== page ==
Delta Air Lines has been denied permission to fly directly to Nairobi, Kenya, and Monrovia, Liberia, until security standards there are met or until assessments change, the Transportation Security Administration said Wednesday.
The agency said it is allowing the airline to go ahead with plans to fly directly to Abuja, Nigeria. Delta had announced the direct flights to the three African cities last year, and air service had been expected to begin this month. The Transportation Security Agency said in a written statement that it has denied Delta’s request to fly to Nairobi from Atlanta, Georgia, and to Monrovia from New York because of “security vulnerabilities” in and around the Kenyan capital and security deficiencies at Roberts International Airport in Monrovia. “TSA, along with key partners within the U.S. government, assess a credible threat to civil aviation in East Africa,” agency spokeswoman Kristin Lee said. “At this time, the current threat is too significant to permit these flights.”
In Depth: Travel Companion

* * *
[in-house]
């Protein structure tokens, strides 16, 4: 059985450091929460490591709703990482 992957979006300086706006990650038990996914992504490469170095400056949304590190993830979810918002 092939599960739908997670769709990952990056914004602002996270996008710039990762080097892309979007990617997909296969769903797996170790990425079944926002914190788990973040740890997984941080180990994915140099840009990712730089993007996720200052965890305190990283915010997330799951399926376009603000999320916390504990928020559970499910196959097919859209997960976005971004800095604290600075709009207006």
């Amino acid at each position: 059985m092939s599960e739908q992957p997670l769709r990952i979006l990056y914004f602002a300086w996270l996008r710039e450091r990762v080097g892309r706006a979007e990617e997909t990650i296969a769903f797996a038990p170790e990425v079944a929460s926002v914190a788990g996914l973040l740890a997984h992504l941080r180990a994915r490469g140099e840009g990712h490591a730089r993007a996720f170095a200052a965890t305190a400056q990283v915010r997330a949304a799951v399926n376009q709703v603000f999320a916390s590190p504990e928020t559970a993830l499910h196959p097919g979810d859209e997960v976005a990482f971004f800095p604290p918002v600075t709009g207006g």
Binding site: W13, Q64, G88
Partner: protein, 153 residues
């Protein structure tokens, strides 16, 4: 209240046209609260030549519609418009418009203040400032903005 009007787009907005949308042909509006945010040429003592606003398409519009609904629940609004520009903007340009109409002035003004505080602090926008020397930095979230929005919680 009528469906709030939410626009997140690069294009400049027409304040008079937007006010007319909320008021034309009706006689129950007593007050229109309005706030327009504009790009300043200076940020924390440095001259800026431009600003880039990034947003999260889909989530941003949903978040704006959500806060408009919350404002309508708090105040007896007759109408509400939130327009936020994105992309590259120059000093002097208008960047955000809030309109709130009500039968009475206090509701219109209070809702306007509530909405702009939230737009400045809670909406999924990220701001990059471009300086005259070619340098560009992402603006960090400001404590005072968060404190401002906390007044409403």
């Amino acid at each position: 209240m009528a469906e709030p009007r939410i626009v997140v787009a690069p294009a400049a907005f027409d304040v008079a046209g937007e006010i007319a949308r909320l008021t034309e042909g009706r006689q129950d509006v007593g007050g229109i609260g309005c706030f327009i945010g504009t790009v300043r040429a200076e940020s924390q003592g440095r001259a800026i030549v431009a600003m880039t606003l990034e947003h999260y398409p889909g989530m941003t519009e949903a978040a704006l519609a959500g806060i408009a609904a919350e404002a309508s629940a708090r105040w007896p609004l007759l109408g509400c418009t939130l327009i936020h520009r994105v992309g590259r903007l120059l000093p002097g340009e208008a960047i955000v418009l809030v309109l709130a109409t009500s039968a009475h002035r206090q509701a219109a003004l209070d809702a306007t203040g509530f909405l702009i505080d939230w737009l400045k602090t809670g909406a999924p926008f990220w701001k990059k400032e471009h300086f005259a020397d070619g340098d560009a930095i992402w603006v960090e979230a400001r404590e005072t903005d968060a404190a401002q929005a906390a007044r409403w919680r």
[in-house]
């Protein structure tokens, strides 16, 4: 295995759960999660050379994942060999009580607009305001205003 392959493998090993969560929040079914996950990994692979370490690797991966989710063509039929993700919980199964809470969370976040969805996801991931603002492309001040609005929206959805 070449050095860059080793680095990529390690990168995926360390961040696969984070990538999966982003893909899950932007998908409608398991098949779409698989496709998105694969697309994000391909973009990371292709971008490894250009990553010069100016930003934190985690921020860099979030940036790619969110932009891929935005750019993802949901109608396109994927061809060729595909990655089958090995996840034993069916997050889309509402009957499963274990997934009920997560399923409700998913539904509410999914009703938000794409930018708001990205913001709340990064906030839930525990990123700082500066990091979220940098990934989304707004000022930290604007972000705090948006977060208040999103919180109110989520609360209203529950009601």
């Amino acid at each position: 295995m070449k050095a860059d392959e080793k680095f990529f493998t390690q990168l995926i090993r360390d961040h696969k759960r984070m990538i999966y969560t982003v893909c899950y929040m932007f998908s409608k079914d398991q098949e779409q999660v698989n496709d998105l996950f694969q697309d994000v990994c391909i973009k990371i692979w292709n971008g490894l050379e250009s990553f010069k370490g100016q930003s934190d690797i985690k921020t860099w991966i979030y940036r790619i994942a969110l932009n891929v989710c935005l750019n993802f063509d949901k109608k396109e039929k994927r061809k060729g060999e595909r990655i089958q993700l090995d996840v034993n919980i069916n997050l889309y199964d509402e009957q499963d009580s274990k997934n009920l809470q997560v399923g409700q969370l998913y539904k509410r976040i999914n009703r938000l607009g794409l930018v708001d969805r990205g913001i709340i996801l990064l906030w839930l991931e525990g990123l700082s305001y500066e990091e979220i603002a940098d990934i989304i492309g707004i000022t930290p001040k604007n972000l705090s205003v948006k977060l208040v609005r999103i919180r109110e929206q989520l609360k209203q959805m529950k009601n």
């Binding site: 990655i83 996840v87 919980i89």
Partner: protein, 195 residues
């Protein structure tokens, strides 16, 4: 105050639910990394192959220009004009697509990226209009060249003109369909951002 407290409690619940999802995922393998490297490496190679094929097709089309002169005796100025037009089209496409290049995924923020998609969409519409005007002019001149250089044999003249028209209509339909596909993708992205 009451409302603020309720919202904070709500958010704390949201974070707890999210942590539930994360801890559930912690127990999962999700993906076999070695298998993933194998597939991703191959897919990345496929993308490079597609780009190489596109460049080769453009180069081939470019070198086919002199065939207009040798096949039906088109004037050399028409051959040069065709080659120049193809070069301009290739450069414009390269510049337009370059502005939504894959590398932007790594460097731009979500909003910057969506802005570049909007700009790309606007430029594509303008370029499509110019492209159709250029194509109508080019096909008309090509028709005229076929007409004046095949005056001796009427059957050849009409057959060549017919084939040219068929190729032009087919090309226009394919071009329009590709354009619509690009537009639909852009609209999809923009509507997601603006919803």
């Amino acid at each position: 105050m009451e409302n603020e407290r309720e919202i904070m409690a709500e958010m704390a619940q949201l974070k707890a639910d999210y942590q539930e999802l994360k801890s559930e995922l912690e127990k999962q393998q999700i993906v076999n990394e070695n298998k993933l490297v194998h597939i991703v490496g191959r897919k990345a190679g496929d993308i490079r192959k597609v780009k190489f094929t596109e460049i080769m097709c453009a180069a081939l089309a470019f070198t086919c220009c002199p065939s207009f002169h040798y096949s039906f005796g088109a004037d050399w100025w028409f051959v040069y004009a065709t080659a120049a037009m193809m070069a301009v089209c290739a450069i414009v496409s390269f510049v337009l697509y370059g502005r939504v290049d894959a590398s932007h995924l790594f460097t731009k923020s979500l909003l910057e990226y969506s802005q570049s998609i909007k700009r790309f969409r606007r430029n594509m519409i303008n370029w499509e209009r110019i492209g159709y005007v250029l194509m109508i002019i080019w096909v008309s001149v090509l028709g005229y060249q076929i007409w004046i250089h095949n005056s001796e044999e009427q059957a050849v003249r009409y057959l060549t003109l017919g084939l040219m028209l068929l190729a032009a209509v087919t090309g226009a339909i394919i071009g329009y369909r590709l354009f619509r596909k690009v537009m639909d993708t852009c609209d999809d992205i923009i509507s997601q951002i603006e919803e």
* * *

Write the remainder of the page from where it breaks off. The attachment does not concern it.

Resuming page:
Delta said in a written statement that it has been “contacting customers to reaccommodate them on long-established connecting flights offered by our joint venture partners Air France-KLM and other SkyTeam member airlines, which carry Americans to these destinations in Africa through their European hubs.” The Department of Homeland Security had informed Delta of the decision Tuesday, the airline said. “Africa continues to be an important region for Delta,” the airline said, noting that it offers scheduled service to Accra, Ghana; Cairo, Egypt; Johannesburg and Cape Town, South Africa; Lagos, Nigeria; and Dakar, Senegal. The Transportation Security Agency said it has had “an active dialogue” with Delta throughout the process of assessing the airline’s requests. The agency said it will continue to monitor the situation. A security team is currently in Monrovia, Lee said.